College Football Playoff Expansion

This past Friday, September 2nd, the College Football Playoff Board of Managers unanimously voted to expand the current 4-team playoff structure to a 12-team format by 2026.[1] The new format will include the six highest-ranked conference champions, along with six at-large teams. Id. Moreover, the four highest tanked conferences champions will be seeded one through four and each will receive a first-round bye. Id.

In lieu of an eventful offseason, one that included seeing the likes of USC and UCLA separating from the PAC-12 to the BIG TEN, the College Football Playoff Board of Managers felt that a demand for a clearer illustration of where college football “needs to be headed.”[2] Now, the College Football Management Committee, which is made up of 10 FBS commissioners and Notre Dame athletic director Jack Swarbrick, will be responsible with implementing the board’s decision.[3] Specifically, the management committee must determine dates for games, broadcast entities, revenue allocations, sites of the 11 playoff games, terms of the agreement and whether or not implementation of the 12-team playoff can be done by the 2024-2025 season. Id.

The 12-team Playoff Expansion is finally here. With it comes seemingly endless possibilities. Photo Credit.

Importance of Broadcasting Rights

Of the logistical challenges noted above, it appears that the most important decision will be finding the best broadcasting rights deal. Currently, ESPN, is the exclusive rightsholder of the current four-team College Football Playoff. Id. Under the terms of the agreement, ESPN has first right of refusal for games added during their duration of their contract, which extends through the 2025-2026 season. Id.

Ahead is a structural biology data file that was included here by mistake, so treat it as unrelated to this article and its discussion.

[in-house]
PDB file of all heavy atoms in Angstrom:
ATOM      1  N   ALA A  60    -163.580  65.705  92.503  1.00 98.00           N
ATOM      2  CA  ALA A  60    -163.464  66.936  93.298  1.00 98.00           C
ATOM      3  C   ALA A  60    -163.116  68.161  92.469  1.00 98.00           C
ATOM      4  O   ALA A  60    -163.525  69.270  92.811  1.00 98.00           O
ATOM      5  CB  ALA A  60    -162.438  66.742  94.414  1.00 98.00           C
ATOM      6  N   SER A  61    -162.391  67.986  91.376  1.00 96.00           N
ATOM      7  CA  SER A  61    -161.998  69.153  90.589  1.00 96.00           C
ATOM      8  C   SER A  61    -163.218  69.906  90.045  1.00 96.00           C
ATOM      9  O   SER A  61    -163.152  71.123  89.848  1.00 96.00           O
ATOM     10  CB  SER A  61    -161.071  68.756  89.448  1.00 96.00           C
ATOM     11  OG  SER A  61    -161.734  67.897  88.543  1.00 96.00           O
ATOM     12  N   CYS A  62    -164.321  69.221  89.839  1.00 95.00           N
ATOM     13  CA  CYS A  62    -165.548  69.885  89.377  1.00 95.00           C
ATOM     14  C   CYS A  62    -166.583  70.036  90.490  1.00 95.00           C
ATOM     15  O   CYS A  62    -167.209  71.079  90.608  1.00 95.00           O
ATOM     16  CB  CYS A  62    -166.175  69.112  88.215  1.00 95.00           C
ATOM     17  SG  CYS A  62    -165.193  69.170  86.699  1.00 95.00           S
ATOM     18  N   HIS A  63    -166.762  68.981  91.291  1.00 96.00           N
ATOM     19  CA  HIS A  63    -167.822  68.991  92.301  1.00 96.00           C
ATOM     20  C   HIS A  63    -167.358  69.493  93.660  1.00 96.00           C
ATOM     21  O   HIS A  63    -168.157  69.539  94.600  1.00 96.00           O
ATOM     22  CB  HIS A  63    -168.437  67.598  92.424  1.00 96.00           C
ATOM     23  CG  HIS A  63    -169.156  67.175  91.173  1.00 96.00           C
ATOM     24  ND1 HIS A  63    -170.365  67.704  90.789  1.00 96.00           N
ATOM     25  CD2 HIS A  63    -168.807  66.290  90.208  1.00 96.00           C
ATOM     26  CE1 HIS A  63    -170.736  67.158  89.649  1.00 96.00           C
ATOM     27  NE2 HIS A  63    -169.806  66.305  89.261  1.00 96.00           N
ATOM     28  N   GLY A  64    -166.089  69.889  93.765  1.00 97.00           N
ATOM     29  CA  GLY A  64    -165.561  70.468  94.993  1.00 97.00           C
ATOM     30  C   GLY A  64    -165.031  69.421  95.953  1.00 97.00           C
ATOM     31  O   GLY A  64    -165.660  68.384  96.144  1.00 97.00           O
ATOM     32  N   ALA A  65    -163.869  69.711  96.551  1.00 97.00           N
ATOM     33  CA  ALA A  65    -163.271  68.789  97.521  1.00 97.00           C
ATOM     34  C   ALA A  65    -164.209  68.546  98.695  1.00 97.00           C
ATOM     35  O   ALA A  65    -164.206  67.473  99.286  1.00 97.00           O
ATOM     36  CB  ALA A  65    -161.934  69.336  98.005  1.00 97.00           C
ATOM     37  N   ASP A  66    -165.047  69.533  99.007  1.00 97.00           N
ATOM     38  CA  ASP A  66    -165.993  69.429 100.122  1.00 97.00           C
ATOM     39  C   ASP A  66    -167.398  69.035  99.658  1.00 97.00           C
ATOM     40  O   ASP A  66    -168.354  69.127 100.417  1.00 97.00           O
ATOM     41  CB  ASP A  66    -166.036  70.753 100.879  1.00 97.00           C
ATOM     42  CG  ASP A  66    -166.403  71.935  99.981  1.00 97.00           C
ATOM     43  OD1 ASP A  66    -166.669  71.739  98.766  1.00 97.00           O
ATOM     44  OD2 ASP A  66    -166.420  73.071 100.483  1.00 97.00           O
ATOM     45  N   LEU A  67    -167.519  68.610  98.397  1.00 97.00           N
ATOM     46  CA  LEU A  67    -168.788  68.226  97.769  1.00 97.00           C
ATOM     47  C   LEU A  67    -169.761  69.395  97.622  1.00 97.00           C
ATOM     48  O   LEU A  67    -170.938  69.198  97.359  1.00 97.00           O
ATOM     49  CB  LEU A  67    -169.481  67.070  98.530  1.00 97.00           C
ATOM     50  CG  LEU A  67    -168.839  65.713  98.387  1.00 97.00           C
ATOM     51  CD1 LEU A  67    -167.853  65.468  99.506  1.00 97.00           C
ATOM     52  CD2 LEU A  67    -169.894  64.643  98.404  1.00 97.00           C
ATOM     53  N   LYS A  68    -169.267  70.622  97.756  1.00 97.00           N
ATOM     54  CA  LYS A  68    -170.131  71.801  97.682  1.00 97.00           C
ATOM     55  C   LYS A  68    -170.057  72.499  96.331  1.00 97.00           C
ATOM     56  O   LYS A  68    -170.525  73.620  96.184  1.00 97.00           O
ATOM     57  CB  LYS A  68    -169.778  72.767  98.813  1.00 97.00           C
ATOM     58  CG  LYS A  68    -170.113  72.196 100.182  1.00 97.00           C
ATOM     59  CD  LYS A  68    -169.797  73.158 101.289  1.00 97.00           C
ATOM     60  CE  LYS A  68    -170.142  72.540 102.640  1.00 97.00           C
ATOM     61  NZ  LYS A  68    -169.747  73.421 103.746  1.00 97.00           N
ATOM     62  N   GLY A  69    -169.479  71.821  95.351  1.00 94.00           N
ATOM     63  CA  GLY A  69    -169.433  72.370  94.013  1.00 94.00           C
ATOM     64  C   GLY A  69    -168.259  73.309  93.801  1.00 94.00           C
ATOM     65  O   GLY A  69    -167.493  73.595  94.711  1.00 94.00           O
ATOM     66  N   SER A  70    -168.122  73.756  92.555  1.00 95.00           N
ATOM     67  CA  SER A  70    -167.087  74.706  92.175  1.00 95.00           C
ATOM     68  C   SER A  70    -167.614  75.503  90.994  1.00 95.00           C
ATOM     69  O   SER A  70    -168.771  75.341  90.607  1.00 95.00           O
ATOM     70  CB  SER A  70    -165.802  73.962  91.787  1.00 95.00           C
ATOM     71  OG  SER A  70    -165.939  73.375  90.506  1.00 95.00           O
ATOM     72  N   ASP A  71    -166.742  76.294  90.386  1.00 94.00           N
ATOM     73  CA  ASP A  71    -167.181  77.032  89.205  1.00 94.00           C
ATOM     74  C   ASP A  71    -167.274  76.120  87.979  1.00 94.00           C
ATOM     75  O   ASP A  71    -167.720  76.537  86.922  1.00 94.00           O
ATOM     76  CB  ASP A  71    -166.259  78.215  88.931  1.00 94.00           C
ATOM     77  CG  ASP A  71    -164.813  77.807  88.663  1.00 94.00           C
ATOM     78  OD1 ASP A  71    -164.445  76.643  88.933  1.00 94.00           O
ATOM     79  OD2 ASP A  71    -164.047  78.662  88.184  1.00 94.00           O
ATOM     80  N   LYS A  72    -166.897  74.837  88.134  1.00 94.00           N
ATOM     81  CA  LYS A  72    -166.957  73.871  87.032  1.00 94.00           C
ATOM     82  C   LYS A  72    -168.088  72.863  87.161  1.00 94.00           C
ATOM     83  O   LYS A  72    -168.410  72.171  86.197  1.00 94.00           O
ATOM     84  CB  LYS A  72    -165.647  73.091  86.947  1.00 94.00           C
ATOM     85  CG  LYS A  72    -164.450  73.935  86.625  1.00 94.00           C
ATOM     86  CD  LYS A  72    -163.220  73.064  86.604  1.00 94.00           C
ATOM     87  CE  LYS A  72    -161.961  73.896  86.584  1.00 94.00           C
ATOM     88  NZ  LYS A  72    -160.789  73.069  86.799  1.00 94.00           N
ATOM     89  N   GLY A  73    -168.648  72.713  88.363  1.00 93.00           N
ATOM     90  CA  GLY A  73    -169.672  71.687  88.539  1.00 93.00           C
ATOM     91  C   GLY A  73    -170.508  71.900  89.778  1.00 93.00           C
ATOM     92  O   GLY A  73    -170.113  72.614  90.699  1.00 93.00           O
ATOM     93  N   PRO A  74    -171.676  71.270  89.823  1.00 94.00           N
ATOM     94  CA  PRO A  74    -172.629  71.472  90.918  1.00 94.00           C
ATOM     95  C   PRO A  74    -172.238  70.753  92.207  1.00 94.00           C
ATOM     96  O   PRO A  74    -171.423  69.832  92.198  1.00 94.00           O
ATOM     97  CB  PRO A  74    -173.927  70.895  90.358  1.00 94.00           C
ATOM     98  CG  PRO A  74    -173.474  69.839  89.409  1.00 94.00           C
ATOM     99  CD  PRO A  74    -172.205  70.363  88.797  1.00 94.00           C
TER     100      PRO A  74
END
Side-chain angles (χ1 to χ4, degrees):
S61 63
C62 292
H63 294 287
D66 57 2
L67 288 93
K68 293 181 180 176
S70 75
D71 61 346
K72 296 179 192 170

Despite the agreement stating a 12-team expansion by 2026, there will be financial pressures to expand even earlier. For example, it is estimated that if the playoffs were to expand for the 2024 season, its television rights could increase from $470 million a year to $695 million a year during its last two years under the current contract with ESPN.[4] Moreover, the College Football Playoff will likely be incentivized preview their product early to maximize their next television deal. According to some executives and consultants, it is anticipated that the next broadcast deal for the College Football Playoff could yield nearly $2 billion in annual television revenue. Id.

If those estimates prove to be true, the college football playoff would surpass the NCAA’s March Madness tournament as the largest annual television rights deal in college sports. Id. Currently, the March Madness tournament is expected to average $1.1 billion in television revenue per year beginning later on this decade. Id.  

Direction of College Football

In addition to maximizing the next broadcasting deal, the College Football Playoff Board of Managers were incentivized to expand to a 12-team playoff in order to provide all of college football more direction.[5] Recently, college football has undergone significant fundamental changes. Specifically, the beginning of the player compensation era, looser transfer rules, sports gambling, and the soaring values of television broadcast deals.

These fundamental changes have forced institutions to re-evaluate and re-define their programs. In doing so, institutions then looked around the landscape to situate themselves with institutions that share similar philosophies regarding player compensation, transfer rules, sports gambling, television deals, etc. For example, in an attempt to maximize their brand, the University of Texas and the University of Oklahoma chose to part ways with the Big 12 Conference to head to far more competitive, and lucrative, SEC conference.[6] Officially, Texas and Oklahoma will move into the SEC beginning on July 1, 2025. Id.

In addition to the two Big 12 giants realigning, this past summer, UCLA and USC shocked the sports world when they announced their decision to separate from the PAC 12 to join to Big Ten on August 2, 2024. These seismic shifts highlight the new era of college football, one that involves institutions strategically aligning with like-minded institutions in an effort to maximize their brand.

Now, with the 12-team playoffs on the horizon, institutions can more clearly formulate a plan to best position their programs to compete for an opportunity to be a part of this event. Therefore, it is likely that we will continue to see seismic changes across the landscape of college football.







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